Wittes next talks about the letter Barr wrote soon after receiving the report, and its distortion of the report’s content. This of course relates to the delay in the release of the report, because Barr’s summary, which he later tried to argue wasn’t a summary, seemed to exonerate Trump of all crimes, allowing Trump and his administration to claim complete innocence. The duplicitous ‘summary’, which Mueller himself criticised severely in a letter to Barr, seems further evidence that Barr’s delayed release of the redacted report was strategic. The duplicity is revealed, as Wittes points out, in an analysis of Barr’s selective quotes from the report, published in the New York Times. Having just read the letter myself, I find this quote particularly disturbing: 

Deputy Attorney General Rod Rosenstein and I have concluded that the evidence developed during the Special Counsel’s investigation is not sufficient to establish that the President committed an obstruction-of-justice offense.

Having read volume two of the report, and listened to many legal analysts discussing it, I find this pretty astonishing. You’d have to wonder what could constitute obstruction, according to Barr (though the answer is pretty evident from his 19-page letter on the matter which got him appointed A-G in the first place). As to Rosenstein, his role in the administration is being reassessed in the light of this endorsement.

But now I need to interrupt this analysis in the light of a recent brief press conference held by Mueller. He has used this platform to stress the finding that, due to Department of Justice policy, charging the President with a crime was ‘not an option we could consider’ – that’s to say, it was never on the table from the start. This, presumably, regardless of the crime – murder, rape, grand larceny, treason, no crime is so heinous that it needs to be dealt with pronto. Instead, Mueller refers to his introduction to volume 2 of the report. Here is the essential message from Mueller’s presentation:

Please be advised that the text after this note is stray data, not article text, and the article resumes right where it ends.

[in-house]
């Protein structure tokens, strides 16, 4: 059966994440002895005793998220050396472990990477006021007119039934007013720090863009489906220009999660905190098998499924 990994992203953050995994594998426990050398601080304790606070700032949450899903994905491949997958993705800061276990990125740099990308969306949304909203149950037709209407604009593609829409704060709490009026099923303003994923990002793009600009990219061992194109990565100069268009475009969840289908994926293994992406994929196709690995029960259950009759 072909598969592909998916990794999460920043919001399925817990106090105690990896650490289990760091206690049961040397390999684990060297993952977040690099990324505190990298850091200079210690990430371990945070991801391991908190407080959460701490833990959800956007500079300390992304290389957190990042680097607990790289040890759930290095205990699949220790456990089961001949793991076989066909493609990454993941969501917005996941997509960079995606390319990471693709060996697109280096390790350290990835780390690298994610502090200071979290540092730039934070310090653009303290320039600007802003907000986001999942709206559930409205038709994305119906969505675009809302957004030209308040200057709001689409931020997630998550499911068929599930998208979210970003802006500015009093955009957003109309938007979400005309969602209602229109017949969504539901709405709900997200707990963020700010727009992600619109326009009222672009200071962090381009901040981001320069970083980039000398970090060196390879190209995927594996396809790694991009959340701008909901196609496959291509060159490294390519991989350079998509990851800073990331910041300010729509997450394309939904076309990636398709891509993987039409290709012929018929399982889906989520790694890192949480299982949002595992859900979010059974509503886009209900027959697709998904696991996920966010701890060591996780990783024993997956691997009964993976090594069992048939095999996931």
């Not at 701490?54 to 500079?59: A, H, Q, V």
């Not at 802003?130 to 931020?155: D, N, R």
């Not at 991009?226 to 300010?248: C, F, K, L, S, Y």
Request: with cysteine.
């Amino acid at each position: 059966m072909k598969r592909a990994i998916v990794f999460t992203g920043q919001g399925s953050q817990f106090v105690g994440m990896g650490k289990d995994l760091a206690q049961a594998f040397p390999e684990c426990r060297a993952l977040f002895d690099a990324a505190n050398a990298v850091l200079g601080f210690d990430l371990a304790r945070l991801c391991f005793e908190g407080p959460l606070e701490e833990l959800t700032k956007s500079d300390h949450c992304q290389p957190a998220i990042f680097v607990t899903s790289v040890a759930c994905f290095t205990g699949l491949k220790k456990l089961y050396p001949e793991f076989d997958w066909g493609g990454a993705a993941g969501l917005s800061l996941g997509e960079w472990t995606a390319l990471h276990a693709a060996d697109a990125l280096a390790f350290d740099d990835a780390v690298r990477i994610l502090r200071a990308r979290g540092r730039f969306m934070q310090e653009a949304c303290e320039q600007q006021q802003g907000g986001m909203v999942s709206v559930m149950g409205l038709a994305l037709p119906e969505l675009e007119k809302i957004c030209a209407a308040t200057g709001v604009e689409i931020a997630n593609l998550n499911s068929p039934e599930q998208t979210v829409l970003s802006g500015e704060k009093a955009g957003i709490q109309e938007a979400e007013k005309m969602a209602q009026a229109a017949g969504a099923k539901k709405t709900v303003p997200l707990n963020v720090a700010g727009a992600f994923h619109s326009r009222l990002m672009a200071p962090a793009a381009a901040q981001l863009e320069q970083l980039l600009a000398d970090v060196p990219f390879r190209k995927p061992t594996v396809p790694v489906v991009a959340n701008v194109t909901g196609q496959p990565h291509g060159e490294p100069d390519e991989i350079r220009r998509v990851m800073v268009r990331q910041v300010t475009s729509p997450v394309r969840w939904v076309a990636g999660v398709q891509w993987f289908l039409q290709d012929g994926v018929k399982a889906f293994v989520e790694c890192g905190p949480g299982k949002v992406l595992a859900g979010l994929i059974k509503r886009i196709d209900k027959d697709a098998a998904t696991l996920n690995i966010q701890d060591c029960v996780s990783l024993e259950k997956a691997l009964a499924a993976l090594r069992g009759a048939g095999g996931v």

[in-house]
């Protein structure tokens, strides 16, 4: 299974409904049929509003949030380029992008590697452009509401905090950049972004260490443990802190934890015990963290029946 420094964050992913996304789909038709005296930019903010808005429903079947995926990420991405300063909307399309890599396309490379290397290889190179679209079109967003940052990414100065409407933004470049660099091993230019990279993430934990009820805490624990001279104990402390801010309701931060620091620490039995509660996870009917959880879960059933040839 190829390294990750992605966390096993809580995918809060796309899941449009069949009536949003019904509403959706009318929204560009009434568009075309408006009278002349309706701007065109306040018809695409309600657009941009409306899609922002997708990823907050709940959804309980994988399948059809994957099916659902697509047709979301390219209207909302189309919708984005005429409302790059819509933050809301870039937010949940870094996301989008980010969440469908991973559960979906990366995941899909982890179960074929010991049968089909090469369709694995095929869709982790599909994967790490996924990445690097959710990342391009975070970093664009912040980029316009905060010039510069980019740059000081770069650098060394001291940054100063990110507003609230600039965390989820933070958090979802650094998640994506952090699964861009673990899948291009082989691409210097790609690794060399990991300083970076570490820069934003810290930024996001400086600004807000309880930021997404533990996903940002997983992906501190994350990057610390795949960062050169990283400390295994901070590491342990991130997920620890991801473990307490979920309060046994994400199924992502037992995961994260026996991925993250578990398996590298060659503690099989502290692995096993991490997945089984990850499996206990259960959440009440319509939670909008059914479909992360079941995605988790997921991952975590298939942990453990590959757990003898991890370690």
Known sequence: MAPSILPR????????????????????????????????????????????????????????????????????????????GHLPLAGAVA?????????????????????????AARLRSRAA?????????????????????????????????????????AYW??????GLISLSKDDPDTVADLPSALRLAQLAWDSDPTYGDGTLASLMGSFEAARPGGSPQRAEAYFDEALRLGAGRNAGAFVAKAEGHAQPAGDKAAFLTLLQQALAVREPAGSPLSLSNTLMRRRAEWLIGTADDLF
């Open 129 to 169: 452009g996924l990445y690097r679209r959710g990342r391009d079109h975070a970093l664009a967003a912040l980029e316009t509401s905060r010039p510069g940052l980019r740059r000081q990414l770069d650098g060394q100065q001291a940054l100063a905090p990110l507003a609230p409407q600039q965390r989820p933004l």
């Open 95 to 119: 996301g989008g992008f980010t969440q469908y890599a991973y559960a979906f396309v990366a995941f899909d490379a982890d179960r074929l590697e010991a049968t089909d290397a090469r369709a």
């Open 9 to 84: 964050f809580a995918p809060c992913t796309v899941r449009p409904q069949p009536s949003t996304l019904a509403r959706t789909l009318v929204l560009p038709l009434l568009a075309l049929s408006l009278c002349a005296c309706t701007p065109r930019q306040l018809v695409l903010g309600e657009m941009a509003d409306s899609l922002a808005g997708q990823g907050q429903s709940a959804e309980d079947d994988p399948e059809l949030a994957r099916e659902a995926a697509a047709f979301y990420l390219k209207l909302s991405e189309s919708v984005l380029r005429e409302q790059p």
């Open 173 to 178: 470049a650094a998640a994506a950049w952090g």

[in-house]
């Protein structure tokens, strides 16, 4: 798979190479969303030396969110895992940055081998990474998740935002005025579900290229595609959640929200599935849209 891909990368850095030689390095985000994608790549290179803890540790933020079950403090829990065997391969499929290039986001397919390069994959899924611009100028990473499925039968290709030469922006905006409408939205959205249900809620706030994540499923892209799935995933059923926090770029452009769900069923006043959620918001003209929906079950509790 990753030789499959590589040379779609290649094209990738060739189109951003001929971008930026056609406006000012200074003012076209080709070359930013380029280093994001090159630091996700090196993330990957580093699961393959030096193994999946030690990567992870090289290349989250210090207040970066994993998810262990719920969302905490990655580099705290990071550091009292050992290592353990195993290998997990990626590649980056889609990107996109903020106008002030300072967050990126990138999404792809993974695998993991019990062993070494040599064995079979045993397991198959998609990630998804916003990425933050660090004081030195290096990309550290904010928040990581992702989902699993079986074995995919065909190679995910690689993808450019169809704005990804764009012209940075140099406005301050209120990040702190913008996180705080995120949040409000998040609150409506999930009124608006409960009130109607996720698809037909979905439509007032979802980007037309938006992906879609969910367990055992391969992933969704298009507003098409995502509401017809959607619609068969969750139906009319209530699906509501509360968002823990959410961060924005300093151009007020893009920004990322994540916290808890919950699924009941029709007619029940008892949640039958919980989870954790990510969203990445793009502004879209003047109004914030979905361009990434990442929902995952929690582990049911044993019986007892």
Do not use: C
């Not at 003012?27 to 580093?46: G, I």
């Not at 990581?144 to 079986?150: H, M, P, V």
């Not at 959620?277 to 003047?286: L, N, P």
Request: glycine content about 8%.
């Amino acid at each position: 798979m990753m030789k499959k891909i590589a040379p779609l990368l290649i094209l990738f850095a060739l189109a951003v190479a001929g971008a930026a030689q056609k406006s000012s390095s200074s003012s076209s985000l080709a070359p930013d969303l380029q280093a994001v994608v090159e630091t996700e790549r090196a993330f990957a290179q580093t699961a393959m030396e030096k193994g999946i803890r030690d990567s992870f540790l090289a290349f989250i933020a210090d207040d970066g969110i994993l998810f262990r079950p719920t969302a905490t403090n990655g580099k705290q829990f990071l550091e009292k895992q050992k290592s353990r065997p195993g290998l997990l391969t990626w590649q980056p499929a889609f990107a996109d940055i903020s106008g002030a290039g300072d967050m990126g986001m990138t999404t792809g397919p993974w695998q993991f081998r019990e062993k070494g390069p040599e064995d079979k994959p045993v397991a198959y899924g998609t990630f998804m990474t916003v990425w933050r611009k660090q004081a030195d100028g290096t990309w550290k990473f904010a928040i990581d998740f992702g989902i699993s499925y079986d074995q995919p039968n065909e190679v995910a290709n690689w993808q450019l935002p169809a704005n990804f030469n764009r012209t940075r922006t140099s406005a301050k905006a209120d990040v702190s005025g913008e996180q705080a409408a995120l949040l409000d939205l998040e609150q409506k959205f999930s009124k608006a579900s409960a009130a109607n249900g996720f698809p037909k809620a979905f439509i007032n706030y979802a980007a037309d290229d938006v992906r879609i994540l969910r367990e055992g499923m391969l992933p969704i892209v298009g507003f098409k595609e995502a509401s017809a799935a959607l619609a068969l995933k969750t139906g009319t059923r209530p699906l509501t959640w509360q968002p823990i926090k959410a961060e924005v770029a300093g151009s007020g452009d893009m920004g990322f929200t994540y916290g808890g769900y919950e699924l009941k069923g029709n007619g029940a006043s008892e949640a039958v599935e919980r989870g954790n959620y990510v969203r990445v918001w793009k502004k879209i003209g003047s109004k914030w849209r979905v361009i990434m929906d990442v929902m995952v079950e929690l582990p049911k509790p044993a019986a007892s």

If we had confidence that the President clearly did not commit a crime, we would have said so. We did not, however, make a determination as to whether the President did commit a crime. The introduction to volume 2 of our report explains that decision. It explains that under long-standing department policy a President cannot be charged with a federal crime while he is in office. That is unconstitutional. Even if the charge is kept under seal and kept from public view, that too is prohibited. The Special Counsel’s office is under the Department of Justice and under the regulation it was bound by that department policy. Charging the President with a crime was therefore not an option we could consider. The department’s written opinion explaining the policy makes several important points that further informed our handling of the obstruction investigation…. First the opinion explicitly permits the investigation of a sitting President because it is important to preserve evidence while memories are fresh and documents available…. And second the opinion says that the Constitution requires a process other than the criminal justice system to formally accuse a sitting President of wrong-doing.

The words in italics are, importantly, Mueller’s emphases. As just about every pundit agrees, Mueller has emphasised this part of the report very deliberately to indicate that, now, that other process should take over. That’s to say, congressional oversight or impeachment.

But what Mueller and almost everyone else in the USA doesn’t get, is that this other process is fundamentally flawed because it is a political process. It is simply wrong to shirk the legal responsibility of dealing with legal issues, for one person only – the POTUS. It is, in fact, corrupt, to a degree that is so screamingly obvious to an outsider like me, that I feel like committing the whole nation to an institution for the criminally insane. And if the US Constitution permits this, so much the worse for that constitution. I must admit to being sick to death of the US Constitution being referred to in reverential and worshipful tones by Americans. It seems to make critical analysis impossible, almost treasonous. In any case, the implication of not being able to charge the President with clear-cut criminal behaviour, is this – with great power comes great immunity.